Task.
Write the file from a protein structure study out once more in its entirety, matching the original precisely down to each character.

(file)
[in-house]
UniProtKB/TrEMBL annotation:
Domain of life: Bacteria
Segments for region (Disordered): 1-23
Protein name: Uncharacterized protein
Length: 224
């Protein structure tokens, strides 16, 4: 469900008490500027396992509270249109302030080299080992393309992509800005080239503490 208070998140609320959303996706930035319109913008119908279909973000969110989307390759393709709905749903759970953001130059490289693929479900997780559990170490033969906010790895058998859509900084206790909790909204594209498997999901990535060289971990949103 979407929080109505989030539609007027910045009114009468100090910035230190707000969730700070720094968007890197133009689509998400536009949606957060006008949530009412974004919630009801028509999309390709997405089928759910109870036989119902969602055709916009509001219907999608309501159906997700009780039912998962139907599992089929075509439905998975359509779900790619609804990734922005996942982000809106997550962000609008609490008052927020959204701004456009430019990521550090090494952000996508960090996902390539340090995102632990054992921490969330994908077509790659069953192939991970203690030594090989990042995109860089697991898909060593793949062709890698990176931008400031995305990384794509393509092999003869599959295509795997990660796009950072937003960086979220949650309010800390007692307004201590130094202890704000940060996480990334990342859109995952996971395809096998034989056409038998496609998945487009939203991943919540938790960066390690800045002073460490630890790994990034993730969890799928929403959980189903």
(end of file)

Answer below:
[in-house]
UniProtKB/TrEMBL annotation:
Domain of life: Bacteria
Segments for region (Disordered): 1-23
Protein name: Uncharacterized protein
Length: 224
């Protein structure tokens, strides 16, 4: 469900008490500027396992509270249109302030080299080992393309992509800005080239503490 208070998140609320959303996706930035319109913008119908279909973000969110989307390759393709709905749903759970953001130059490289693929479900997780559990170490033969906010790895058998859509900084206790909790909204594209498997999901990535060289971990949103 979407929080109505989030539609007027910045009114009468100090910035230190707000969730700070720094968007890197133009689509998400536009949606957060006008949530009412974004919630009801028509999309390709997405089928759910109870036989119902969602055709916009509001219907999608309501159906997700009780039912998962139907599992089929075509439905998975359509779900790619609804990734922005996942982000809106997550962000609008609490008052927020959204701004456009430019990521550090090494952000996508960090996902390539340090995102632990054992921490969330994908077509790659069953192939991970203690030594090989990042995109860089697991898909060593793949062709890698990176931008400031995305990384794509393509092999003869599959295509795997990660796009950072937003960086979220949650309010800390007692307004201590130094202890704000940060996480990334990342859109995952996971395809096998034989056409038998496609998945487009939203991943919540938790960066390690800045002073460490630890790994990034993730969890799928929403959980189903």